Sen. McSally points to manufacturing as model for reopening nation

Apr 17, 2020, 10:11 AM

Factory workers assemble part of protective face shield on April 14, 2020 in Buenos Aires, Argentin...

Factory workers assemble part of protective face shield on April 14, 2020 in Buenos Aires, Argentina. Due to the government-ordered lock down to halt COVID-19 spread, most of the clients of printing company Aller Atucha Central Multigrafica cancelled all the orders. Their financial situation turned critical and the entire operations were stopped. To avoid bankruptcy, the industrial design team came up with a model of protective shield produced using the machines and materials they already had. Twelve days after the first prototype was made, 50,000 units have been produced and all the 95 employees are back to work. The factory is working 24 hours a day nonstop. (Getty Images Photo)

(Getty Images Photo)

PHOENIX – The industries that have remained in operation during the coronavirus outbreak could be a shining light on how to get the rest of the nation back to work, U.S. Sen. Martha McSally of Arizona said Friday.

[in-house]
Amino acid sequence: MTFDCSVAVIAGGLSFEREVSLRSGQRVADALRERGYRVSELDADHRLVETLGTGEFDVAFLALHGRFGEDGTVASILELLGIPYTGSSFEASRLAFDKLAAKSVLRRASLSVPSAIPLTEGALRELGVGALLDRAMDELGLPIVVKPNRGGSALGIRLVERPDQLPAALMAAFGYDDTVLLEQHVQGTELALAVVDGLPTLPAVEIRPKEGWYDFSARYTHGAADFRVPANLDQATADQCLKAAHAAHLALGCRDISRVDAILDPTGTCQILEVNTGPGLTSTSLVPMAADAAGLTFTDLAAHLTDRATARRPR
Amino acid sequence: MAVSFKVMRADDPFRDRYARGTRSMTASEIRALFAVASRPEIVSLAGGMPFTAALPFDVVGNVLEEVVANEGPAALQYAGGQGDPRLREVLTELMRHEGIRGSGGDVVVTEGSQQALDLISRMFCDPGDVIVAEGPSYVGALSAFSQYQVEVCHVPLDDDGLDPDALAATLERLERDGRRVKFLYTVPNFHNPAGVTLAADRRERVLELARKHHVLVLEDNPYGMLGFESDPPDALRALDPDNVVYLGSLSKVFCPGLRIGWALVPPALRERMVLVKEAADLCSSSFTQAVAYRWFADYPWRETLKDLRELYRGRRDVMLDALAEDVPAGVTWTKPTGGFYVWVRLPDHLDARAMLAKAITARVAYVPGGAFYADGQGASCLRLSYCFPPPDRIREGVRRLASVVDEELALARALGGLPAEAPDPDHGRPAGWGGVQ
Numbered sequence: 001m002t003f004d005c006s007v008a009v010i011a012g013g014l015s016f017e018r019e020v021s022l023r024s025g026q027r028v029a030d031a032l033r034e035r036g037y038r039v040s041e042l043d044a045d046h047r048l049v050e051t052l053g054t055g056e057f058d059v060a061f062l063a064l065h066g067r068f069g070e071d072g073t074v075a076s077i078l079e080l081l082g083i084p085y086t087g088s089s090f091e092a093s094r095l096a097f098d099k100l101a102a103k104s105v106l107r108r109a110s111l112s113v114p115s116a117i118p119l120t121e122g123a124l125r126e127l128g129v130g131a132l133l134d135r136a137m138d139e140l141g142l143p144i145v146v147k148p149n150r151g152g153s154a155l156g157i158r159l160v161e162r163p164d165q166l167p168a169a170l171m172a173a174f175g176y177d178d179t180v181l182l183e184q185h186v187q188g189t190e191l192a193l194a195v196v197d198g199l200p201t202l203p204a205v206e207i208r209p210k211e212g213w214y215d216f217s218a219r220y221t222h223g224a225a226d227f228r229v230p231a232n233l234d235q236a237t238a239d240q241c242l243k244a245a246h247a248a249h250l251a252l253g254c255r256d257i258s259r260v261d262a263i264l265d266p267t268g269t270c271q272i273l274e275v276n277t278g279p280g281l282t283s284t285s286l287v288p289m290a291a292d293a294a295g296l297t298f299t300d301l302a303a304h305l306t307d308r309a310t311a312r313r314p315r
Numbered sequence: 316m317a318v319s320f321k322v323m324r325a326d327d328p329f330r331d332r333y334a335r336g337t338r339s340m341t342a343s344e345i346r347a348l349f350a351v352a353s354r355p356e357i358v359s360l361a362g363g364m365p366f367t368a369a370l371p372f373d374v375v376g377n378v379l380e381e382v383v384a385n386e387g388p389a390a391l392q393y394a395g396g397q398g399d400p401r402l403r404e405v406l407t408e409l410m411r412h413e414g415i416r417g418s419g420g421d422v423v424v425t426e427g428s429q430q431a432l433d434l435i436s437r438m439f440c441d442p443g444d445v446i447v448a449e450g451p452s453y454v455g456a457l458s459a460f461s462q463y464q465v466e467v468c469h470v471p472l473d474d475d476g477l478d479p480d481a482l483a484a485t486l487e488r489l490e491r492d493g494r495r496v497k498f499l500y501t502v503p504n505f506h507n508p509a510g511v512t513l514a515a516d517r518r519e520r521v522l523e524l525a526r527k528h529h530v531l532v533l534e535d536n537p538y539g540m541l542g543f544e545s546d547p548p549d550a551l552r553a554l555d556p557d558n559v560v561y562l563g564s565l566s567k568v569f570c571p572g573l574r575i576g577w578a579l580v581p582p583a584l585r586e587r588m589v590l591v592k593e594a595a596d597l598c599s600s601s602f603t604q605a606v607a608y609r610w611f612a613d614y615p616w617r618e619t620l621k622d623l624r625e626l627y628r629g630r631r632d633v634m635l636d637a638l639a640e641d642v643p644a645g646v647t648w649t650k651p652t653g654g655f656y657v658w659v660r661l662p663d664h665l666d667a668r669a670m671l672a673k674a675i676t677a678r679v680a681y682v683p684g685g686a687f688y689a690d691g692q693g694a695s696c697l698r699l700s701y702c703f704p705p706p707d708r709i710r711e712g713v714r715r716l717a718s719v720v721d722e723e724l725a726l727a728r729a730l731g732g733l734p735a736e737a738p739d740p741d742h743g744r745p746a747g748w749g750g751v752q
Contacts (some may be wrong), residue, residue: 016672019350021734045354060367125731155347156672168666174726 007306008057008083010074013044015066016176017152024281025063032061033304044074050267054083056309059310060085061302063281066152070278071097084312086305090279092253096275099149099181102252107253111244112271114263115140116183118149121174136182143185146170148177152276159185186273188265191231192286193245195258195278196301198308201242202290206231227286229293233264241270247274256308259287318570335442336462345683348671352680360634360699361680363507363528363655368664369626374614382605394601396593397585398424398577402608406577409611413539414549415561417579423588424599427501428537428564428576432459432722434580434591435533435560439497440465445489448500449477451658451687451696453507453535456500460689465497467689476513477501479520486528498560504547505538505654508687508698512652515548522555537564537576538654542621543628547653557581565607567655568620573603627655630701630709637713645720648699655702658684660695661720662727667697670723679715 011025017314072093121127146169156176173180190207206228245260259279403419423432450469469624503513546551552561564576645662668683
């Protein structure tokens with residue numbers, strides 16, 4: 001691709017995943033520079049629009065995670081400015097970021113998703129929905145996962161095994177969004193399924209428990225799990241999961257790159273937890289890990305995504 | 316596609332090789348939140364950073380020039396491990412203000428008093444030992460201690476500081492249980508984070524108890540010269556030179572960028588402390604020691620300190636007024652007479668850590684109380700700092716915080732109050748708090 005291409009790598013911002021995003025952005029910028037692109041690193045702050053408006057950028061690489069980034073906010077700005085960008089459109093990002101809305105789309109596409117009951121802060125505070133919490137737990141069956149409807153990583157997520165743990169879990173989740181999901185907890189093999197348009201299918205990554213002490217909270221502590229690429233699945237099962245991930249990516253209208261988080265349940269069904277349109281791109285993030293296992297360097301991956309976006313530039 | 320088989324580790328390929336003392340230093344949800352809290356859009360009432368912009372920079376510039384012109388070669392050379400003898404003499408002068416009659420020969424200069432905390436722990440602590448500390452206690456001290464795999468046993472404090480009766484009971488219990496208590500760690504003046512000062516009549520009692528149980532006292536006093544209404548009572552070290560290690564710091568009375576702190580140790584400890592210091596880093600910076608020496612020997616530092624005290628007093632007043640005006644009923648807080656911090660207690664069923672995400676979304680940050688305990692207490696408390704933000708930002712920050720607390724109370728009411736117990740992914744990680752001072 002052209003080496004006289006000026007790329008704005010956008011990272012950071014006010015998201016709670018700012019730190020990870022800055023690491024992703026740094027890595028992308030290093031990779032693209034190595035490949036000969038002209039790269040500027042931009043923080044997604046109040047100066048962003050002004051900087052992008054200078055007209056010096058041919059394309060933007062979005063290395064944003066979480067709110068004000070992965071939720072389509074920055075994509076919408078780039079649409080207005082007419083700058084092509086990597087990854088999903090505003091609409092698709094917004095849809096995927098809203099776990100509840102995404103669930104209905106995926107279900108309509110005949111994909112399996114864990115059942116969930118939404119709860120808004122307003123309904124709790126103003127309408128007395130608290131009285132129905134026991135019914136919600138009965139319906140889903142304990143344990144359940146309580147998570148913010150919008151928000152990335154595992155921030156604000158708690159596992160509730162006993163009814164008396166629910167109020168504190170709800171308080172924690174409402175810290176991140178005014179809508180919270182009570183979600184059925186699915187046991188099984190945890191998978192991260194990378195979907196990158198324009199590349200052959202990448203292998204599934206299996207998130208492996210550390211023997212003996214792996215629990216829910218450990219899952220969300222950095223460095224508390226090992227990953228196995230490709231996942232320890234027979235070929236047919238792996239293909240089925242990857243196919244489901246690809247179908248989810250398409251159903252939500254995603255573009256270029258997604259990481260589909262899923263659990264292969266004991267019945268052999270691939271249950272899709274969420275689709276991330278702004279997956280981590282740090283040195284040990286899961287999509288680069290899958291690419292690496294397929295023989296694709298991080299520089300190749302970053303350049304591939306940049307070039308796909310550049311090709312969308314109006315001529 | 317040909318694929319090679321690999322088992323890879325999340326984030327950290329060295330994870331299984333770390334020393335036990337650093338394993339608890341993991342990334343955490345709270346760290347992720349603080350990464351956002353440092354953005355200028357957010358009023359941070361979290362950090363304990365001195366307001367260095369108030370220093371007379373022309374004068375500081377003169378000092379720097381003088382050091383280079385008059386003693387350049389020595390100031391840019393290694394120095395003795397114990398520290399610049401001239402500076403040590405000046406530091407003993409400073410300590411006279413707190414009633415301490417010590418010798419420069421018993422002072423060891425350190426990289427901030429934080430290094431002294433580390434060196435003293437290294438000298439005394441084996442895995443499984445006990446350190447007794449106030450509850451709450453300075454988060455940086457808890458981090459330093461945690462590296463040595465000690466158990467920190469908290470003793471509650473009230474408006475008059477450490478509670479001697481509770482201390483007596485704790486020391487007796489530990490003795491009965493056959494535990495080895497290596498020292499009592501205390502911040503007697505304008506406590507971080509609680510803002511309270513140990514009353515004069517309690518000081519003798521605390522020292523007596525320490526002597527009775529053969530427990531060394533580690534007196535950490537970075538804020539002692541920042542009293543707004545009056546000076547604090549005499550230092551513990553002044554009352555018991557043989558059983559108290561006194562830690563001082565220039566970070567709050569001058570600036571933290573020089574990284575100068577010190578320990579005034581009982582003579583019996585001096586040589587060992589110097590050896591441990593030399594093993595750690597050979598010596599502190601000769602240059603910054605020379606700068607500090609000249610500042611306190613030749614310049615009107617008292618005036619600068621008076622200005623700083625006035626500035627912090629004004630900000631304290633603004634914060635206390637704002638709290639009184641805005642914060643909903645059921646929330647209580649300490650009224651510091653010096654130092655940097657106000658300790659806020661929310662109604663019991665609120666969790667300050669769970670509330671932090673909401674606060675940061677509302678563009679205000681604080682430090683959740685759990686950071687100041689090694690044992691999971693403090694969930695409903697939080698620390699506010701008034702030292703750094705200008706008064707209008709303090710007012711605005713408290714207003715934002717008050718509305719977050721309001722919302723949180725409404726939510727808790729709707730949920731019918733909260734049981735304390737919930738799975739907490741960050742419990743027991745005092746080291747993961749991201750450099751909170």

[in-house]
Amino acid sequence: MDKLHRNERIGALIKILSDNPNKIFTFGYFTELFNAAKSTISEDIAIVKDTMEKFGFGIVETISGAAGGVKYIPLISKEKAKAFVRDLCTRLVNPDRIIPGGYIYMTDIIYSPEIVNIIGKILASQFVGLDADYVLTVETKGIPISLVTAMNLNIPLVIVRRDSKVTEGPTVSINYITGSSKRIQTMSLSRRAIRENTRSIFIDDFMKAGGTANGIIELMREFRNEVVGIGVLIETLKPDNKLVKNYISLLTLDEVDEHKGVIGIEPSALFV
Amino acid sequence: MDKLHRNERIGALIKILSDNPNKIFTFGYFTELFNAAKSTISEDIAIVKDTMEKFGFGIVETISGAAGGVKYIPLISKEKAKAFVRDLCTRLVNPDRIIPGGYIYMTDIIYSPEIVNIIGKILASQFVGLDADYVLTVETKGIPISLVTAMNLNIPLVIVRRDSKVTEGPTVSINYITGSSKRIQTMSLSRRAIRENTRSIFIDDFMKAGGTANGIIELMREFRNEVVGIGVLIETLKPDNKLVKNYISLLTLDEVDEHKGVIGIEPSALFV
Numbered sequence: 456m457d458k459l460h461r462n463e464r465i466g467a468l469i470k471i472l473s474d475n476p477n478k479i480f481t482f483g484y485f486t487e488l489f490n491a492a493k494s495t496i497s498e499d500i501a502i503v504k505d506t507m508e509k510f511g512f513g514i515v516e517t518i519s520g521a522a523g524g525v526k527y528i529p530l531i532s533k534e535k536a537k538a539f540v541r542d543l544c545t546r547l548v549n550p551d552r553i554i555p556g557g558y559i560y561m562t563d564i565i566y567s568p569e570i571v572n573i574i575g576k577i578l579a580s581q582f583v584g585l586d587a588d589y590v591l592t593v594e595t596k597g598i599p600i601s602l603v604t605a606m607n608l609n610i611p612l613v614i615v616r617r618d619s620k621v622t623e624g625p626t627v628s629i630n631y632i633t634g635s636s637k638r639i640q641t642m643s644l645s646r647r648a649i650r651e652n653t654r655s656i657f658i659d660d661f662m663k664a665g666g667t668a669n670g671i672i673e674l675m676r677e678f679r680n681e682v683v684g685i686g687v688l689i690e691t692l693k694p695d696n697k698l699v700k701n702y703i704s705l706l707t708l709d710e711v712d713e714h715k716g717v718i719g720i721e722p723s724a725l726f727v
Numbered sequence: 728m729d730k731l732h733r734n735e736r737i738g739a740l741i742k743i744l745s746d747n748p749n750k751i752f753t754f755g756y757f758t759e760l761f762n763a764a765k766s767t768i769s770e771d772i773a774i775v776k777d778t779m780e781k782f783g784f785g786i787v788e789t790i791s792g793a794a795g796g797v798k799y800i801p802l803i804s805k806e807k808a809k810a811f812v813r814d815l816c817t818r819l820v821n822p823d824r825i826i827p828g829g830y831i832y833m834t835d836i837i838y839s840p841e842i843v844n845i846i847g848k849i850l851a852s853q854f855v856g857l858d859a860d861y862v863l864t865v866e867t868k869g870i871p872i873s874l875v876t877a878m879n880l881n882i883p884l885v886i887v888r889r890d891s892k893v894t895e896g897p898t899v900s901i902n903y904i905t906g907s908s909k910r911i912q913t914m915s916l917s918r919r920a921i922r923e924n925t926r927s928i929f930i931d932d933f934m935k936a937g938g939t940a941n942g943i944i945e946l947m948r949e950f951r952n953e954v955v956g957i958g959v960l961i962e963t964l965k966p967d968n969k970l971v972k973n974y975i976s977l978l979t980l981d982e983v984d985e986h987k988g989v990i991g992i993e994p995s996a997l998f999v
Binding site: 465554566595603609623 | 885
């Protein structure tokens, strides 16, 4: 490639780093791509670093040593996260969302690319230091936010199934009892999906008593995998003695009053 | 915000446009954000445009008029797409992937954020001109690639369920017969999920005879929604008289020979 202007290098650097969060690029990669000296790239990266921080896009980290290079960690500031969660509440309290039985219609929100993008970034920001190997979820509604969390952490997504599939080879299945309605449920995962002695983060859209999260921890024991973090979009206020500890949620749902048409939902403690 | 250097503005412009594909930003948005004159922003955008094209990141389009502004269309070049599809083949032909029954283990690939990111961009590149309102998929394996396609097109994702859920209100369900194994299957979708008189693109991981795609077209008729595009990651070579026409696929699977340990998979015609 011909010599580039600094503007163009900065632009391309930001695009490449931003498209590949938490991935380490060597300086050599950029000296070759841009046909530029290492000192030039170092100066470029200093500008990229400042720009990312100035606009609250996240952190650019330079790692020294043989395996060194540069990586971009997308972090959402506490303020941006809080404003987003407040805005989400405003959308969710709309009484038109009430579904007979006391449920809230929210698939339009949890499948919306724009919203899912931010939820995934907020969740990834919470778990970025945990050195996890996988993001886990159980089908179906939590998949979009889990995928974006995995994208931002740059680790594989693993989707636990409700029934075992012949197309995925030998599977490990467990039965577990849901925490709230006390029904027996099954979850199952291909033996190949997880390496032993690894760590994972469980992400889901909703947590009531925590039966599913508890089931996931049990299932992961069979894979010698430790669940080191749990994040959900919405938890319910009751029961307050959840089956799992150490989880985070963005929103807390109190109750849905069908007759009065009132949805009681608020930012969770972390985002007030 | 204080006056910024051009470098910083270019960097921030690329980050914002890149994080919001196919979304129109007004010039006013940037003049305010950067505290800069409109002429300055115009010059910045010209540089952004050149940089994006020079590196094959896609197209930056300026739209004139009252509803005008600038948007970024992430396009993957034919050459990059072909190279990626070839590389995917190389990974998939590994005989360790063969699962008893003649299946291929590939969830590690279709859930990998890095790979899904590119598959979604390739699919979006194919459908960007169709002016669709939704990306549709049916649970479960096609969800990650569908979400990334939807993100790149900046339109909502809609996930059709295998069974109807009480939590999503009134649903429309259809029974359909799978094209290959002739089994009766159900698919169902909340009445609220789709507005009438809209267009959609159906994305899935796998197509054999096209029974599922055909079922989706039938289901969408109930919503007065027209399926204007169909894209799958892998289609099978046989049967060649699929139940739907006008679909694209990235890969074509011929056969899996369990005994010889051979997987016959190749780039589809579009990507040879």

“We have a lot of defense companies in Arizona, manufacturing, who are working. … They’re using protective equipment, protective gear and safe practices. What are we learning from them?” McSally said on KTAR 92.3 FM’s Arizona’s Morning News.

McSally is one of three Arizona lawmakers chosen for President Donald Trump’s bipartisan congressional economic recovery task force. She joined Democratic Sen. Kyrsten Sinema and fellow Republican Rep. Andy Biggs on the list.

The panel, made up of 32 House members and 65 senators, will advise the White House on how to gradually reopen businesses after weeks of restrictions designed to slow the spread of the coronavirus.

Trump announced Thursday a “a phased and deliberate approach” to restoring normal activity in places that have strong testing and are seeing a decrease in COVID-19 cases.

“This is not an on-off switch – it’s like a dimmer – to allow more people to go to work,” McSally said.

Trump told governors they would “call their own shots,” which they have already been doing, to a certain extent.

“What is happening in Cochise County is not the same as what’s happening in New York City,” McSally said.

“The guidelines and conditions are what makes sense [for each state].”

The Associated Press contributed to this report.

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Sen. McSally points to manufacturing as model for reopening nation